Leopold and Lineberger26 discuss their results concerning electron photodetachment of Fe2 and Co2 in terms of detachment of the least bound electron from a (3d)n(4s)2 configuration of the anion toward two states of the neutral with (3d)n(4sσg)2 (4sσu) configurations, the 4sσu unpaired electron being either low or high spin–coupled to the d electrons.

For Co2, this would thus imply a (3d)15(4sσg)2(4sσu) ground state configuration (high spin) with a lower spin excited state 600 cm−1 above.

Based on intensity considerations, it was also advanced that the upper states near 5000 cm−1 should have a bond length differing substantially from that of the anion, and perhaps arise from electron photodetachment from orbitals of different atomic parentage, thus involving a different configuration of the bonding d electrons.

The very different overall intensities and Franck–Condon factors observed for A–X and E–X transitions are consistent with this picture.

The 551 cm−1 transition is very sharp and weak, indicative of a low-probability transition, consistent with a long-lived upper state of different spin multiplicity.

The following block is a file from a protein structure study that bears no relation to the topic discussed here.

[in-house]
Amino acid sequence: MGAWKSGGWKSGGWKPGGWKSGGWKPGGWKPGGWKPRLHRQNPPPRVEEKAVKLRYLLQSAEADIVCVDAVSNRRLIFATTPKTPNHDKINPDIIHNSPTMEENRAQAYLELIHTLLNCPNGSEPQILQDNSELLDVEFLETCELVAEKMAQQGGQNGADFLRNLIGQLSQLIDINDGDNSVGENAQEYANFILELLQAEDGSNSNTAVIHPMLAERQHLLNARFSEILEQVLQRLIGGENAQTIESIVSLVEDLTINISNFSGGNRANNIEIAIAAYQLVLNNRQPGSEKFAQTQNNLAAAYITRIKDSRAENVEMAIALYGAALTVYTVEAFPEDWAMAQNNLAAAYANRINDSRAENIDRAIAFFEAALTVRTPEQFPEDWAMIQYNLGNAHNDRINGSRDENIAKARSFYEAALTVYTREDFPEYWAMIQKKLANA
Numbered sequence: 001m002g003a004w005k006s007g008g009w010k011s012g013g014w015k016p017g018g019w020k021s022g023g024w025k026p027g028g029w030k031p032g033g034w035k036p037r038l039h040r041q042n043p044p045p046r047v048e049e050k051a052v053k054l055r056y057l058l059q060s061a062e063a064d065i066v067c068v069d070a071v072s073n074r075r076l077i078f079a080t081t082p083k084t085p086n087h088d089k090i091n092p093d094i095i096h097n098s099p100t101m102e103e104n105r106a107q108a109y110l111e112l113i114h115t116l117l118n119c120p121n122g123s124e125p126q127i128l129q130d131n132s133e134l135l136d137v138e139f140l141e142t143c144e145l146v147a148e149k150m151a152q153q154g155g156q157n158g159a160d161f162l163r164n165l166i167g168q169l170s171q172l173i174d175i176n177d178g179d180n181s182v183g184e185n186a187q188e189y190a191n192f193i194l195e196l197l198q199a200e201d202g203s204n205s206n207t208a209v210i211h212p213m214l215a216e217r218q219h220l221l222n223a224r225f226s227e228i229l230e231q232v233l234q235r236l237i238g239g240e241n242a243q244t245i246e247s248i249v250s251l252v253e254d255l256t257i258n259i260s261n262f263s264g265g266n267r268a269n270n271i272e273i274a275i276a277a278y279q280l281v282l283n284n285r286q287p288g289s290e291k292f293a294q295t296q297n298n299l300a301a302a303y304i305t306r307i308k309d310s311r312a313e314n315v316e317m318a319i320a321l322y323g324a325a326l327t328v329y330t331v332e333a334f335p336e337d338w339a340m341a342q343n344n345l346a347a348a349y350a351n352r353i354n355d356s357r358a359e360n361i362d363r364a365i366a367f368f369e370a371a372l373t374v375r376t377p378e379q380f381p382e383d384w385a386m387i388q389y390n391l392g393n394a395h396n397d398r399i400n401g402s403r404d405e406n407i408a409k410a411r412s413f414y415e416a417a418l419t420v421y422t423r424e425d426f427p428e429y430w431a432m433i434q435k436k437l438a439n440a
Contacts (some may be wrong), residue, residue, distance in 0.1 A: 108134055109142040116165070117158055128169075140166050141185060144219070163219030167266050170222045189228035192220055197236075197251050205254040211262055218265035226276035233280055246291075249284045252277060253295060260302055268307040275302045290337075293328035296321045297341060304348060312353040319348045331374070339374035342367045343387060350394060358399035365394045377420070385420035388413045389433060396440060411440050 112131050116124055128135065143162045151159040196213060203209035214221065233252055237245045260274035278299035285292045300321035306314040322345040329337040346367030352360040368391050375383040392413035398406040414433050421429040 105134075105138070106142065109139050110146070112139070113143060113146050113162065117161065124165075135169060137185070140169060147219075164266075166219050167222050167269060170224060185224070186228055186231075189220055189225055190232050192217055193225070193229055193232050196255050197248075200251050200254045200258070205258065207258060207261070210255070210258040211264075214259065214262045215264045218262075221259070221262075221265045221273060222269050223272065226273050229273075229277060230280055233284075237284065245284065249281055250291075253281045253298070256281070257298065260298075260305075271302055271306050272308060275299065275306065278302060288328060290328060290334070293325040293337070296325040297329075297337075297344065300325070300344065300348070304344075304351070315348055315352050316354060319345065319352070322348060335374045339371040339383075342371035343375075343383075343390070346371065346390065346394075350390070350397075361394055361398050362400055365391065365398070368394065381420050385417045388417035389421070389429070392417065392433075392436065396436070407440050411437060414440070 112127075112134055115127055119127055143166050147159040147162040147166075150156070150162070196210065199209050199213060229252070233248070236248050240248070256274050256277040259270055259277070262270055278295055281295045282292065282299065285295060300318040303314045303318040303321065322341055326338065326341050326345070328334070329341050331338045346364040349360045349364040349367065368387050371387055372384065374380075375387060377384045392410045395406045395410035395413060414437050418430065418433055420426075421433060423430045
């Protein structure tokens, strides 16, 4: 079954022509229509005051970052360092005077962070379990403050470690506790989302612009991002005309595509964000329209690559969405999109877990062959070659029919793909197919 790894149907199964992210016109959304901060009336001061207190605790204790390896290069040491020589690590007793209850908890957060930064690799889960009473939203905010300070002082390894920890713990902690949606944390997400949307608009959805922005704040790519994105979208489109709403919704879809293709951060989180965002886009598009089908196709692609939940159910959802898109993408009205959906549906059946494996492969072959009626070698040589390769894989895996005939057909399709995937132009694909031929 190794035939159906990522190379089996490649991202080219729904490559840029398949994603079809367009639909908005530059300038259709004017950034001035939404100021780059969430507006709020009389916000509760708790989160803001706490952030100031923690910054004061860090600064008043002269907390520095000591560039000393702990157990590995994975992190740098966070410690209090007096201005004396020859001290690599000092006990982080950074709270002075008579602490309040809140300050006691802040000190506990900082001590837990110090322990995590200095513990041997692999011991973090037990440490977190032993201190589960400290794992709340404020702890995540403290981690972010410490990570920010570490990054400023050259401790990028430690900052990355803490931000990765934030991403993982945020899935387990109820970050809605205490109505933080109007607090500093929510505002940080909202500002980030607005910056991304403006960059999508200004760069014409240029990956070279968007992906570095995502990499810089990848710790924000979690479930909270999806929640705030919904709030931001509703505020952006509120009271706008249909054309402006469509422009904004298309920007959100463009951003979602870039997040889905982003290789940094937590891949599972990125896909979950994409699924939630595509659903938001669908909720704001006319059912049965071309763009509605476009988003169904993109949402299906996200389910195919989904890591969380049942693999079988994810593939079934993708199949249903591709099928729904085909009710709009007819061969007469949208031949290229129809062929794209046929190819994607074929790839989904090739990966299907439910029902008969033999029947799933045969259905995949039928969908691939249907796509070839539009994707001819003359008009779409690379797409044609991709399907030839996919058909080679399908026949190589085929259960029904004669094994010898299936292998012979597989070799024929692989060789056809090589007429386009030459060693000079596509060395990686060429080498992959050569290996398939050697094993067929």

The E-X band system centered around 5700 cm−1 clearly corresponds to an upper state with an elongated bond length, and its intensity is suggestive of an allowed, ΔΛ = 0, ±1, ΔS = 0 transition.

Assignments proposed on the basis of DFT results by Gutsev and Khanna11 of the ground and first excited states to the 5Δg and 5Σu states (0.23 eV separation with 382 and 328 cm−1 harmonic frequencies and 198 and 212 pm bond length, respectively) do not seem consistent with our observations in solid neon.

Note that the first two states in these calculations correspond to (3d)16(4sσg)2 electronic configurations, different from those suggested on account of photodetachment spectra.

Many more states can be expected even at low energy.

In view of the great complexity of the electronic structure in transition metal molecules, and the disparity between experimental results and conclusions drawn from single determinant calculations,10–12 it seems that careful theoretical studies using multi reference configuration interaction methods such as those developed recently for Fe227 are very much needed to improve our understanding of the cobalt dimer.